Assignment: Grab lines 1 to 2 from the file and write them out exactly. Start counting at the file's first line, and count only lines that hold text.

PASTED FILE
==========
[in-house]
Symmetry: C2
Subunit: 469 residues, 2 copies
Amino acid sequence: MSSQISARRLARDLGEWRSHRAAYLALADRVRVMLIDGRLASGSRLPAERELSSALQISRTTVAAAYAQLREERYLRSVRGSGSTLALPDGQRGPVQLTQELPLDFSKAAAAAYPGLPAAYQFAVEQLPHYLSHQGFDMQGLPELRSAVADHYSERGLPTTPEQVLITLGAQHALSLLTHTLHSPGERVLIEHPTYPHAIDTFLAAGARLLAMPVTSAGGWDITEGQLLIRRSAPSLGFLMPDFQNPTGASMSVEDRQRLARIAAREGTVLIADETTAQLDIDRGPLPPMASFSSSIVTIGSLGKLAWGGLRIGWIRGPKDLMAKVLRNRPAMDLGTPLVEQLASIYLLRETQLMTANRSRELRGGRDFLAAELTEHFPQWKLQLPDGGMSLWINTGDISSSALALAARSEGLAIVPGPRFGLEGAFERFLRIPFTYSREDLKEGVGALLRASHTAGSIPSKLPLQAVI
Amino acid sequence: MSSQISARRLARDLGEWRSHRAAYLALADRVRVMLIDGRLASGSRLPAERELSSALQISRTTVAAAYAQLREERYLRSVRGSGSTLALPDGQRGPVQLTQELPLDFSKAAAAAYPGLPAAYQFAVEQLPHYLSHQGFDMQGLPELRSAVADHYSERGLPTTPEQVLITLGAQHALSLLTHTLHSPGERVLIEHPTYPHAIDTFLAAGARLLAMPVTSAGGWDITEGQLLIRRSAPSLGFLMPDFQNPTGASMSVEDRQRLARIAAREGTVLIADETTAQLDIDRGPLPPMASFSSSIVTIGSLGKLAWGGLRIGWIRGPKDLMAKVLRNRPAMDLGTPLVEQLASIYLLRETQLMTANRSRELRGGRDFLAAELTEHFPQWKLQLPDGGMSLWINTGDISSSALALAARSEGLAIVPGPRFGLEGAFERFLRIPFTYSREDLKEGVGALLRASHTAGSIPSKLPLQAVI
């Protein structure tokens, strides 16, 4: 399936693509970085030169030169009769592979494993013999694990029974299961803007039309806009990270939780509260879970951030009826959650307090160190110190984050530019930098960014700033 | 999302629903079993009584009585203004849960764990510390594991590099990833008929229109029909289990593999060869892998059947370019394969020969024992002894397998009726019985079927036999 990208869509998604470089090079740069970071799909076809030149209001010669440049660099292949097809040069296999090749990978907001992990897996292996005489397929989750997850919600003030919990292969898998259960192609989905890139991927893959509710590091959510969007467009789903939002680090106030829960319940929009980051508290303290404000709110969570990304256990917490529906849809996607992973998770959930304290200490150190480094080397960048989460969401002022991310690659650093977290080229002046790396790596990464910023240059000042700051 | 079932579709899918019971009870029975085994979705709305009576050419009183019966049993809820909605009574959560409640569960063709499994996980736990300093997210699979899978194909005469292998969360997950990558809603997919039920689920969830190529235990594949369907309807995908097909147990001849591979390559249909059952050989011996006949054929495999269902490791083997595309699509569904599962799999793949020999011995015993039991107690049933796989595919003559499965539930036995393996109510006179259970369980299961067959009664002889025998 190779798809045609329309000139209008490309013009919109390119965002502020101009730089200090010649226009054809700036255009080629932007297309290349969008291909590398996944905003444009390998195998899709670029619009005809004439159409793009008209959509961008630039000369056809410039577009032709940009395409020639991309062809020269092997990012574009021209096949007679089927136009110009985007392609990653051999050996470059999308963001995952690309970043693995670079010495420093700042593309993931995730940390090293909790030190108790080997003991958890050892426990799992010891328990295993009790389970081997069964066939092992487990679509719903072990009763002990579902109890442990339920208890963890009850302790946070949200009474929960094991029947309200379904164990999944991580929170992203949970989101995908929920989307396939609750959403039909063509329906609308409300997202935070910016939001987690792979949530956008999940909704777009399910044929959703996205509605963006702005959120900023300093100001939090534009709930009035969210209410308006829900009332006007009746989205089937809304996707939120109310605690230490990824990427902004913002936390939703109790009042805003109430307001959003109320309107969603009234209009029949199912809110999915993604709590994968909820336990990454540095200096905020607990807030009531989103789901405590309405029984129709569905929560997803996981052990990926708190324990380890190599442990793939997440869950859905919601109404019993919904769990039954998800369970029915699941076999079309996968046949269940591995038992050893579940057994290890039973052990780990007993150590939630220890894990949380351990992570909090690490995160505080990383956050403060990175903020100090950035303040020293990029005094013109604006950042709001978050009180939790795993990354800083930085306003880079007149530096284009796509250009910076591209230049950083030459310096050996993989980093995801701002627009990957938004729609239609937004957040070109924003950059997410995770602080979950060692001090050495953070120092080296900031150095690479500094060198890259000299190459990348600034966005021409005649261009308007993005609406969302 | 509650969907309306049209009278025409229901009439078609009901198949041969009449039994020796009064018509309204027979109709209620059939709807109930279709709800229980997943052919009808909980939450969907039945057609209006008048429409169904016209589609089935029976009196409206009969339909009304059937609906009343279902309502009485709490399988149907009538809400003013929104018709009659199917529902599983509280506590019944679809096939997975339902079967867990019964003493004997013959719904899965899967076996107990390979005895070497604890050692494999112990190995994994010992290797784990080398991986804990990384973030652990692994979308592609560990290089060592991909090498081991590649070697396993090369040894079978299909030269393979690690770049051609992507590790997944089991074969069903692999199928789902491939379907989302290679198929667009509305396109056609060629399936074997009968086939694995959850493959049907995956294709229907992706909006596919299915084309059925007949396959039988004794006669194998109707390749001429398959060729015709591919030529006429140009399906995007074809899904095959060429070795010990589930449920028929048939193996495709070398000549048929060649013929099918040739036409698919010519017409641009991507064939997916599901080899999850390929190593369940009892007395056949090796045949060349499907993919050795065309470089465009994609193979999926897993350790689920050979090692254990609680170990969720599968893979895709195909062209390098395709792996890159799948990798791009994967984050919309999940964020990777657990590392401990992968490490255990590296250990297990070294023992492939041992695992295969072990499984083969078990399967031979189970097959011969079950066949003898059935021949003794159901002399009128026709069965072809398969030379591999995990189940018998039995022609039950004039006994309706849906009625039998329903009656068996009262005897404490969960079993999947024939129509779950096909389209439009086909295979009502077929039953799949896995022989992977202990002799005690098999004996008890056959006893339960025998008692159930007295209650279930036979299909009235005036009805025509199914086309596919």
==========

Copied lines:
[in-house]
Symmetry: C2